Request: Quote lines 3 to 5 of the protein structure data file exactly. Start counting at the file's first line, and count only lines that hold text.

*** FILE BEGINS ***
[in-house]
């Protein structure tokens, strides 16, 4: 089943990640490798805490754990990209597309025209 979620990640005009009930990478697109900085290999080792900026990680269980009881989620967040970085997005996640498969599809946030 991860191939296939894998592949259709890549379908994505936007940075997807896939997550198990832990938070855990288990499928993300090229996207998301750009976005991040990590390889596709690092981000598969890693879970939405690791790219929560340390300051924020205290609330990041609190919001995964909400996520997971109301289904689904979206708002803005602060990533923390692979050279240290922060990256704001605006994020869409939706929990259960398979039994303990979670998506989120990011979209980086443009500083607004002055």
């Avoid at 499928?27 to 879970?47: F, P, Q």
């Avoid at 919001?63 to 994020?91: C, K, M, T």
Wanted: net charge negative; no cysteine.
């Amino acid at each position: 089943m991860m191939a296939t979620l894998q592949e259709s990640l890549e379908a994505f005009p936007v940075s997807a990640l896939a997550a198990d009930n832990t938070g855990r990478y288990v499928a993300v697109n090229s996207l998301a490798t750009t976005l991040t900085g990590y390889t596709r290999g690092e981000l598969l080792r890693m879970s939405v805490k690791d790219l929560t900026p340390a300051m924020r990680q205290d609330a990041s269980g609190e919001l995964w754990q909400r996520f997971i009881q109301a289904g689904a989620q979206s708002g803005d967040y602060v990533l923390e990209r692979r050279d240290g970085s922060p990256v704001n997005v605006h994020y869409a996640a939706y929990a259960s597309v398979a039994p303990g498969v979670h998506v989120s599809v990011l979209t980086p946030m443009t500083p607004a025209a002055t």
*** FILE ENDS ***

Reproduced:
């Avoid at 499928?27 to 879970?47: F, P, Q």
């Avoid at 919001?63 to 994020?91: C, K, M, T």
Wanted: net charge negative; no cysteine.